“T&T Power Group got introduced to the conversation to help him design a solution that would successfully take him completely off-grid,” Tilo explained. “He had some very simple priorities: fix the power quality problem, that was number one. Number two, he’s an old dutch guy so the machines had to be orange (laughs), so fortunately, Siemens engines are orange… beyond that, to have a competitive operational expense that would be similar to or better than the grid.”
One of our customer’s greatest frustrations was not only the poor power quality in his area, but the fact that he was competing with similar facilities across North America for his products that were paying a fraction of what he was paying for electricity, and for high-quality power, at that.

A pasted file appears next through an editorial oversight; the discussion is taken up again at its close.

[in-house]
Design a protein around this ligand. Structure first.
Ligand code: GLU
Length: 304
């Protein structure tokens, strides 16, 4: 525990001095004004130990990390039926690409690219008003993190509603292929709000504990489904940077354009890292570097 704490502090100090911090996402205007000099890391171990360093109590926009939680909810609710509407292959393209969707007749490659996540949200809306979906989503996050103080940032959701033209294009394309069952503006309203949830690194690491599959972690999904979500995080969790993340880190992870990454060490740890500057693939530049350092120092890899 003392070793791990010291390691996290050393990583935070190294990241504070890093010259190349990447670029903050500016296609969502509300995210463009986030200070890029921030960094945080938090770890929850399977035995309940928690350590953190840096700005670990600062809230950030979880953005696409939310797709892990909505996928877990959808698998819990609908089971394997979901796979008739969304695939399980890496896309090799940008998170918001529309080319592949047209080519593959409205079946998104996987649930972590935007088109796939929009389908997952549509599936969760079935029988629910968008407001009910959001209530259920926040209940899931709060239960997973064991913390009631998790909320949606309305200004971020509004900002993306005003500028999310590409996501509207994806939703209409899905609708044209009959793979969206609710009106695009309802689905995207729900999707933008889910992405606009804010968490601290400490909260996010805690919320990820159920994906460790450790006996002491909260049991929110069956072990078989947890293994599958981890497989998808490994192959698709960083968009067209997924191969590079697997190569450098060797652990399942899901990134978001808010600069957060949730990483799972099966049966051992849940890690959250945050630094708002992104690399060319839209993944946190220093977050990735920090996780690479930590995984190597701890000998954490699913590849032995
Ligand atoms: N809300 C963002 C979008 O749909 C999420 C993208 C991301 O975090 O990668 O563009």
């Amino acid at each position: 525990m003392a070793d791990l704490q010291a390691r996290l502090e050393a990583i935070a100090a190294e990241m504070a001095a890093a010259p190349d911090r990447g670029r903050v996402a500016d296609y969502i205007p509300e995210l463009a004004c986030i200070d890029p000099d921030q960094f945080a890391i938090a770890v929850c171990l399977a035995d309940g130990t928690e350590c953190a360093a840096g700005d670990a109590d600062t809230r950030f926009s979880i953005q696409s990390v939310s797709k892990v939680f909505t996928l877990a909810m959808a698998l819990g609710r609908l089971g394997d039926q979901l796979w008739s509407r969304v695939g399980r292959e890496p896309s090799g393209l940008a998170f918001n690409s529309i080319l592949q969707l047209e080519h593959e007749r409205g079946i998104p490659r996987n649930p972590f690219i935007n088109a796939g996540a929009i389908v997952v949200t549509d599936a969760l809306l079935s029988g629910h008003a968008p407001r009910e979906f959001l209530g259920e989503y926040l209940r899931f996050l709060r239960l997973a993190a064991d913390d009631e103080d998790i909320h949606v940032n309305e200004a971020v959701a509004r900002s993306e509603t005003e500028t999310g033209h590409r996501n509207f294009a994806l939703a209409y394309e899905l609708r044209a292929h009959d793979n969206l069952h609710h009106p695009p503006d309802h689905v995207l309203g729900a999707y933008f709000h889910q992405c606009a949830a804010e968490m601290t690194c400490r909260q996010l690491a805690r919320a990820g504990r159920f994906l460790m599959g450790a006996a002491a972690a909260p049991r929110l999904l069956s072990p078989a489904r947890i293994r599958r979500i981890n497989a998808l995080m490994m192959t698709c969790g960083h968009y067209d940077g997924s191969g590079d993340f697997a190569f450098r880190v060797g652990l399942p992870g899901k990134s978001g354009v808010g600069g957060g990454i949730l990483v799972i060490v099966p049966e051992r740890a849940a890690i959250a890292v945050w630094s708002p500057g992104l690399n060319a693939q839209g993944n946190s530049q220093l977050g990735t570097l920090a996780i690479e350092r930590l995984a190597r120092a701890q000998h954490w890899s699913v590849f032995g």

Moving forward to our installation plan, our customer was able to provide us with a large, empty building that we could use to fill with power generation. Tilo demonstrated the total of eight generators working together inside that once empty shell; all natural gas-fired Siemens engines with a combined capability of creating just under 4 megawatts of electrical power.
Tilo continued about what he considered to be the biggest challenge for T&T regarding this project. “To gain the very intimate and deep understanding of the business itself and their operations and the load profile they have... we had to work with the customer to understand what their loads were, maybe change them a little bit and take some new operations into consideration, some adjustments so that these generators could actually provide a higher quality of power from his LDC.”